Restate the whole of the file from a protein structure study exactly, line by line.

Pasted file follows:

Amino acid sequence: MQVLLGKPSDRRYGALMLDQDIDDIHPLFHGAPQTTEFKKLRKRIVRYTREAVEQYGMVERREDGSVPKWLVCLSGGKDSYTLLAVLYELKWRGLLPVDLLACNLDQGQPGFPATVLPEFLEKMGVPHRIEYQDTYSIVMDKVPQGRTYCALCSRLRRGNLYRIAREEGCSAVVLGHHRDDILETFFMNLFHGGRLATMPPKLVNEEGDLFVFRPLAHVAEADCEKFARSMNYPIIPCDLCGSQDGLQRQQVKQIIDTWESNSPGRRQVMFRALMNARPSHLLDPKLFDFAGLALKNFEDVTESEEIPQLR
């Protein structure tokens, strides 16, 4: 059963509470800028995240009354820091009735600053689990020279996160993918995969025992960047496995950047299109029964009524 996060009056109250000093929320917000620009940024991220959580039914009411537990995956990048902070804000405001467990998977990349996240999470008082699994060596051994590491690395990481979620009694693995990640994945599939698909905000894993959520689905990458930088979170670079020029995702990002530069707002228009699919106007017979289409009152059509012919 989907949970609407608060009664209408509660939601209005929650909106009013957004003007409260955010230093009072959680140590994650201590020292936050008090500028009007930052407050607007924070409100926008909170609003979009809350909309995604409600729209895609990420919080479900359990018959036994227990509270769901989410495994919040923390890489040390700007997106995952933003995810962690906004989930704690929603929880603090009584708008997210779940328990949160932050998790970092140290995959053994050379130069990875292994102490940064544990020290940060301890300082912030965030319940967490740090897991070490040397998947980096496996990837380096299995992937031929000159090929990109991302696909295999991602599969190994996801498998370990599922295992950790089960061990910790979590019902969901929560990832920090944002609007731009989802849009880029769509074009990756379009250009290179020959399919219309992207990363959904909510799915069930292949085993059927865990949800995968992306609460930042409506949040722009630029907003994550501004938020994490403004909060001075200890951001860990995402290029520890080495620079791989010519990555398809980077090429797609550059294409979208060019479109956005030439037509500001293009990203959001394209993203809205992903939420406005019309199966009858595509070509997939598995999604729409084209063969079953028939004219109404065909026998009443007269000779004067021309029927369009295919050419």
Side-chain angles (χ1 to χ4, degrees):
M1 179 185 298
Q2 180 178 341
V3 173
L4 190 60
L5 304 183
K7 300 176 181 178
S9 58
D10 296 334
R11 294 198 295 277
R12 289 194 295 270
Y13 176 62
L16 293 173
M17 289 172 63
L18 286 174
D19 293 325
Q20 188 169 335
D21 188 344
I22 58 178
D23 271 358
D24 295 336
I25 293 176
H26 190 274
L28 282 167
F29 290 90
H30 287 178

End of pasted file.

Amino acid sequence: MQVLLGKPSDRRYGALMLDQDIDDIHPLFHGAPQTTEFKKLRKRIVRYTREAVEQYGMVERREDGSVPKWLVCLSGGKDSYTLLAVLYELKWRGLLPVDLLACNLDQGQPGFPATVLPEFLEKMGVPHRIEYQDTYSIVMDKVPQGRTYCALCSRLRRGNLYRIAREEGCSAVVLGHHRDDILETFFMNLFHGGRLATMPPKLVNEEGDLFVFRPLAHVAEADCEKFARSMNYPIIPCDLCGSQDGLQRQQVKQIIDTWESNSPGRRQVMFRALMNARPSHLLDPKLFDFAGLALKNFEDVTESEEIPQLR
């Protein structure tokens, strides 16, 4: 059963509470800028995240009354820091009735600053689990020279996160993918995969025992960047496995950047299109029964009524 996060009056109250000093929320917000620009940024991220959580039914009411537990995956990048902070804000405001467990998977990349996240999470008082699994060596051994590491690395990481979620009694693995990640994945599939698909905000894993959520689905990458930088979170670079020029995702990002530069707002228009699919106007017979289409009152059509012919 989907949970609407608060009664209408509660939601209005929650909106009013957004003007409260955010230093009072959680140590994650201590020292936050008090500028009007930052407050607007924070409100926008909170609003979009809350909309995604409600729209895609990420919080479900359990018959036994227990509270769901989410495994919040923390890489040390700007997106995952933003995810962690906004989930704690929603929880603090009584708008997210779940328990949160932050998790970092140290995959053994050379130069990875292994102490940064544990020290940060301890300082912030965030319940967490740090897991070490040397998947980096496996990837380096299995992937031929000159090929990109991302696909295999991602599969190994996801498998370990599922295992950790089960061990910790979590019902969901929560990832920090944002609007731009989802849009880029769509074009990756379009250009290179020959399919219309992207990363959904909510799915069930292949085993059927865990949800995968992306609460930042409506949040722009630029907003994550501004938020994490403004909060001075200890951001860990995402290029520890080495620079791989010519990555398809980077090429797609550059294409979208060019479109956005030439037509500001293009990203959001394209993203809205992903939420406005019309199966009858595509070509997939598995999604729409084209063969079953028939004219109404065909026998009443007269000779004067021309029927369009295919050419």
Side-chain angles (χ1 to χ4, degrees):
M1 179 185 298
Q2 180 178 341
V3 173
L4 190 60
L5 304 183
K7 300 176 181 178
S9 58
D10 296 334
R11 294 198 295 277
R12 289 194 295 270
Y13 176 62
L16 293 173
M17 289 172 63
L18 286 174
D19 293 325
Q20 188 169 335
D21 188 344
I22 58 178
D23 271 358
D24 295 336
I25 293 176
H26 190 274
L28 282 167
F29 290 90
H30 287 178